Snowboarding Gift Ideas
December 18, 2008 5:40 AM   Subscribe

I'm looking for gift ideas for a family member who is into snowboarding. He already has all the basics but I do know he needs a new pair of goggles (which shouldn't be hard to find). I'm also interested in any cool accessories that you could recommend beyond the basic stuff your average snowboarder would have. The price range I'm looking for is around $50. Thanks in advance!
posted by adustum to Sports, Hobbies, & Recreation (13 answers total) 1 user marked this as a favorite
Hard to say without knowing what he has already, but I'll throw-out a few ideas

- Snowboarding multi-tool to tighten loose binding screws
- Edge sharpener
- Liquid wax to rub-on in-between proper hot waxes
- 2-way radios to keep in contact with buddies if separated
- Superfeet insoles for his boots
- Good quality synthetic or wool hiking socks if he's using regular cotton ones
- Cable lock, even if he has one already, buddies forget and then it's a pain to try to lock them together and around something else at the same time
- Snowboard bag
posted by hungrysquirrels at 6:19 AM on December 18, 2008

avalung II

lets you breath for a few minutes in an avalance.
posted by complience at 6:36 AM on December 18, 2008

- Ditto the multi-tool for tightening bindings. Double points if it's compact so he can take it while boarding.

- Ditto socks. You can always use new/more socks.

- Face mask/muffler

- Helmet (probably beyond the $50 range)

- Couple of those heat packs that you crack the little metal thing and it gets solid while become really hot... I forget what they're called.

- Chapstick
posted by like_neon at 7:12 AM on December 18, 2008

Please don't buy hem googles without letting him try them on! It's something you get to wear on your face for the better part of a day, so you have to make sure it's really, really comfortable, and everyone's facial contours are different.

Then again, I doubt $50 will get you a pair of semi-decent snowboarding goggles, so an REI gift card or cash might be a good idea in this case.
posted by halogen at 7:12 AM on December 18, 2008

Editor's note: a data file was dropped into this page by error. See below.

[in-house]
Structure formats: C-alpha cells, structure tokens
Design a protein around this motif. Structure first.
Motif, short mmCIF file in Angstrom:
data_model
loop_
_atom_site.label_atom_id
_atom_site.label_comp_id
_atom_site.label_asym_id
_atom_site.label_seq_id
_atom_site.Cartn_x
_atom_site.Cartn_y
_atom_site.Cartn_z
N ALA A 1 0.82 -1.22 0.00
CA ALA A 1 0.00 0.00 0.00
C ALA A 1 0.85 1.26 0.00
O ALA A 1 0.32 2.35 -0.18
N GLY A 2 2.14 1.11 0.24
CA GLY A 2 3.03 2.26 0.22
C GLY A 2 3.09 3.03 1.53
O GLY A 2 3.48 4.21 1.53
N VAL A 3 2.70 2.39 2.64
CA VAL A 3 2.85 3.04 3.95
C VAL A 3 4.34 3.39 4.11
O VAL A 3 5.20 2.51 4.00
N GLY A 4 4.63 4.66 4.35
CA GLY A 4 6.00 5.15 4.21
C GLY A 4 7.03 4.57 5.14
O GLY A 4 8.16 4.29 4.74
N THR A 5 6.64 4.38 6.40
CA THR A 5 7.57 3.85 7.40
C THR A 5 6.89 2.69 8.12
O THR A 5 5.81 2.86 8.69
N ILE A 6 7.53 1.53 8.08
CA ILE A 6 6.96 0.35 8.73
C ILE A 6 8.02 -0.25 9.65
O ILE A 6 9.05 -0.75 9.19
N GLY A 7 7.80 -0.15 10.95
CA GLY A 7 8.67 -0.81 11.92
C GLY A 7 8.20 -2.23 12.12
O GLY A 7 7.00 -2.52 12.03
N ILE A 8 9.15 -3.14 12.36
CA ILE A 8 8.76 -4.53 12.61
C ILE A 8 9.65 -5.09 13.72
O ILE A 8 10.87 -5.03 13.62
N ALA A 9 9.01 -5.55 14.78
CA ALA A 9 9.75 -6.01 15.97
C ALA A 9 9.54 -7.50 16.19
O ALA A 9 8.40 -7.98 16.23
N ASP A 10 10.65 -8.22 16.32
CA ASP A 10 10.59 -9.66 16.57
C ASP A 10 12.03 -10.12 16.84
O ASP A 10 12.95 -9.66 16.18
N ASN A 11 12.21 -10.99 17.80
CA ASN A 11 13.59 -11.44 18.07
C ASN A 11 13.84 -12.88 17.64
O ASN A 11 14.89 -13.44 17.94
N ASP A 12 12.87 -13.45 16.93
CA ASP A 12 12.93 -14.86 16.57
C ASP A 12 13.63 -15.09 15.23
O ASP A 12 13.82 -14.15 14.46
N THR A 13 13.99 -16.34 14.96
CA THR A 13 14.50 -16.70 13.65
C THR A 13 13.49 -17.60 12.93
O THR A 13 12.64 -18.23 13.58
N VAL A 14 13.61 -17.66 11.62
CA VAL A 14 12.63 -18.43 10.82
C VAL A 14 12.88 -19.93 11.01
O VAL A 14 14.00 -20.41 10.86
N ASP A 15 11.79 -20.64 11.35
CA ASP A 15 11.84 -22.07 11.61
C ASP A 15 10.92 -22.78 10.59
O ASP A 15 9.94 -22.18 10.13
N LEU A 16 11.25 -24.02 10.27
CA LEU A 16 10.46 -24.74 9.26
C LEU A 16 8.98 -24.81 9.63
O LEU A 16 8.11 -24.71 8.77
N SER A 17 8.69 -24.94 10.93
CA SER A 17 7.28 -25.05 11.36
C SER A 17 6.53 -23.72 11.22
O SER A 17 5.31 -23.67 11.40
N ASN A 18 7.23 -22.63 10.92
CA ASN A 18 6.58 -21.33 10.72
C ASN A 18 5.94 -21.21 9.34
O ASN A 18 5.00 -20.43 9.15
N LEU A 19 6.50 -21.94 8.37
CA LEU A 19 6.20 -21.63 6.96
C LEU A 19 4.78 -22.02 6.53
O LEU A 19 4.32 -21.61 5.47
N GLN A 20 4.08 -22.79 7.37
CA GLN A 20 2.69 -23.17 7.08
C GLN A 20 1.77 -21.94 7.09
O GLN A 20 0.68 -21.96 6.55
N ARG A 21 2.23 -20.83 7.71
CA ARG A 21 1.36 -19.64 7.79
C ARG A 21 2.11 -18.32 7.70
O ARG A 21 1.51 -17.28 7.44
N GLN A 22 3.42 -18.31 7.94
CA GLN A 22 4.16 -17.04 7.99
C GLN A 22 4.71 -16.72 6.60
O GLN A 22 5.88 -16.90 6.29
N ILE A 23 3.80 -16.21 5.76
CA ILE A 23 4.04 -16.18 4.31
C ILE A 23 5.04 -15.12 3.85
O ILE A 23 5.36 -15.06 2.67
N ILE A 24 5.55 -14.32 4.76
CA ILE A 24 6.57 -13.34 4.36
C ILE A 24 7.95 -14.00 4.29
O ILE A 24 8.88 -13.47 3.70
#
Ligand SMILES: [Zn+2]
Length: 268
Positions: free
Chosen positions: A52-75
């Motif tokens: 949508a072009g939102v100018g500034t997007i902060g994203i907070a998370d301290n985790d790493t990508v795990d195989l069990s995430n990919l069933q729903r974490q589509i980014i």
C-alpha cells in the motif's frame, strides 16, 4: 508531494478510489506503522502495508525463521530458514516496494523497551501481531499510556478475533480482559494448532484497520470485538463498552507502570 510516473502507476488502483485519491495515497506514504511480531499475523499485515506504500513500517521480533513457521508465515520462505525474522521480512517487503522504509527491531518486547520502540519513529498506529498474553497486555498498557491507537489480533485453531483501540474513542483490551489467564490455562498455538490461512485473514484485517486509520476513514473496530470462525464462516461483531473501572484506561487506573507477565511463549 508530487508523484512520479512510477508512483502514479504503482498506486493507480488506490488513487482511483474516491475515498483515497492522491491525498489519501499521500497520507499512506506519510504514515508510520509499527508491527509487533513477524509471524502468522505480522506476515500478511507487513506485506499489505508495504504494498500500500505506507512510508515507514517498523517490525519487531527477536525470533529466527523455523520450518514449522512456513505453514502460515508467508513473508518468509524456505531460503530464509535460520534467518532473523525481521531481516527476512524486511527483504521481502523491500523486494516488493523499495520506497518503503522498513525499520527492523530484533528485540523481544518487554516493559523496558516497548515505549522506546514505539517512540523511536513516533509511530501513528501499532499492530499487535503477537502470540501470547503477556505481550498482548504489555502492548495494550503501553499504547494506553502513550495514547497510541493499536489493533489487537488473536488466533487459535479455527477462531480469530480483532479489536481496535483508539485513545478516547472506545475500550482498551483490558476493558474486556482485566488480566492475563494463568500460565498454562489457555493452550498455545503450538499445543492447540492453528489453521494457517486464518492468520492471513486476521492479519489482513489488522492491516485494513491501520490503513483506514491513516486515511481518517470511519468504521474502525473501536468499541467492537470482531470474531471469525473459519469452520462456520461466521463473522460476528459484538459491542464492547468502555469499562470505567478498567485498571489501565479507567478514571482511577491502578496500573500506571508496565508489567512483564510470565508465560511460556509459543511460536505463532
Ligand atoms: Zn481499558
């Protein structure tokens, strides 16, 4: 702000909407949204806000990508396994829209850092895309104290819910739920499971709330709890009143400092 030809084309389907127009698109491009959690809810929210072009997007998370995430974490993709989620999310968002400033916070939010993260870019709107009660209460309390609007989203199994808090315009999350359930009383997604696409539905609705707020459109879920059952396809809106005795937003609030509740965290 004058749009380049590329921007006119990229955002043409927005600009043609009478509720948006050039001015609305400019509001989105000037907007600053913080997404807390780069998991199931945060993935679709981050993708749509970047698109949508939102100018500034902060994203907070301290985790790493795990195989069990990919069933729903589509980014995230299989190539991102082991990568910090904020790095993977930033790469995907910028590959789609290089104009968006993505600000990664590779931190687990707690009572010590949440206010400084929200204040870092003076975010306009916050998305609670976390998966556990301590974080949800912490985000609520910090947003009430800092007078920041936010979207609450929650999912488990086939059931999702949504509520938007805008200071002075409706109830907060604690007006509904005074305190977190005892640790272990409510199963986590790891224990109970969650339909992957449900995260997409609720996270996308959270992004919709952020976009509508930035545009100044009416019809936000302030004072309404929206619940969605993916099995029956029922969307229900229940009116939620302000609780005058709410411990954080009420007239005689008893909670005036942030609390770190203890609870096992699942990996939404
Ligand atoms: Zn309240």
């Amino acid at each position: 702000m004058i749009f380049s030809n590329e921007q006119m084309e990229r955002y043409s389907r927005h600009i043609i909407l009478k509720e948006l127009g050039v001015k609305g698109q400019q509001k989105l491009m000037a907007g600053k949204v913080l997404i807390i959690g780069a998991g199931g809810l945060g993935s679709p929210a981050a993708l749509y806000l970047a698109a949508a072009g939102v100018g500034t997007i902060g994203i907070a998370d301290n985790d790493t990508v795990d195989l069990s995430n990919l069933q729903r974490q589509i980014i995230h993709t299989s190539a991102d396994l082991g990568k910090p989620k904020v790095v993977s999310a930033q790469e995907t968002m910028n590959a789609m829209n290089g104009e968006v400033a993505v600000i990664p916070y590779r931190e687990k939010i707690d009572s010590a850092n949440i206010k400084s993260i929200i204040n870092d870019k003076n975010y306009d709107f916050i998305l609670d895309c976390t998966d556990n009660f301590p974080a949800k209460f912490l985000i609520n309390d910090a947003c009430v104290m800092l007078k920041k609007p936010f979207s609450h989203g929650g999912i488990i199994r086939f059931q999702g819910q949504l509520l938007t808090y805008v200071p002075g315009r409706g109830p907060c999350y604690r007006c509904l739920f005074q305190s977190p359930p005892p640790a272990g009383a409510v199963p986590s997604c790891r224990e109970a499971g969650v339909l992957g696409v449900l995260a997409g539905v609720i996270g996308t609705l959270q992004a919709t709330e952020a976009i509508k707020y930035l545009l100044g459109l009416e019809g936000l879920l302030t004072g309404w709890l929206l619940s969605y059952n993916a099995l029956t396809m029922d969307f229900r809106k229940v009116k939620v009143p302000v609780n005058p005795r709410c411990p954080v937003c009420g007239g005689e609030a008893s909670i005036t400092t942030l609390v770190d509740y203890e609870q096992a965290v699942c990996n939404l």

You could get him a gift certificate for a full tune-up of his board at a local ski shop. If memory serves, this usually goes for between 30 and 50 bucks.
posted by DrDreidel at 7:29 AM on December 18, 2008

Seconding that good goggles are a bit out of your price range and also hard to buy for someone else. I love Hungrysquirrels's suggestions.
posted by rokusan at 7:45 AM on December 18, 2008

The 686 Tool Belt is pretty neat.
posted by box at 8:19 AM on December 18, 2008

Above ideas are good, and seconding that goggles aren't a good thing to buy for someone else.

If you want to go for something funky, I love the DaKine Trixy leash . Which is cheap but a nice little flair.
posted by radioamy at 9:22 AM on December 18, 2008

I absolutely LOVE my Burton Rider's Bag. It's got a compartment in the bottom for boots so they don't get the rest of your stuff wet and dirty. There is also enough room in the top for my helmet, jacket, and even a change of clothes if I want. There are outside pockets for goggles, tools, etc. It's JUST the right size for everything, without being bulky and over cluttered. ALL of my snowboarding friends are jealous of it at first until they get one. It carries everything you need, so you just pack it up, and walk out to your car with 1 bag on your shoulder and 1 board under your arm.

It's a little more than you wanted to spend though...

disclaimer: I used to work for Burton a while back.
posted by xotis at 10:46 AM on December 18, 2008

Unless your family member is so good that he regularly goes backcountry snowboarding, the avalung will go completely unused, as there is pretty much no avalanche risk on normal trails in ski resorts. The superfeet insoles are pretty awesome, so is a good board bag if he doesn't have one yet. Good wool socks (not thick, but not ultra-ultra thin either) are always useful, as long as they don't have any cotton in them.
posted by bsdfish at 12:05 PM on December 18, 2008

Maybe a Balance Board to keep up his skills when he isn't on the snow?

They might be a little more that you are willing to spend, but I made one for myself for about 2 bucks.
posted by Vaike at 12:39 PM on December 18, 2008

Another a book I found interesting, useful, and I've seen recommended several times by others as well. It's called the The Illustrated Guide To Snowboarding by Kevin Ryan. It covers beginner, intermediate, and advanced snowboarding tips and techniques. A lot of it is focused on the mentality. For example, if you're going to take a jump of any size, think ahead about how you're going to land it. I think I donated my copy to the library, but I think I'm a better snowboarder as a result of reading it.
posted by hungrysquirrels at 4:59 PM on December 18, 2008

Thanks for all of the suggestions everyone!
posted by adustum at 12:07 PM on December 20, 2008

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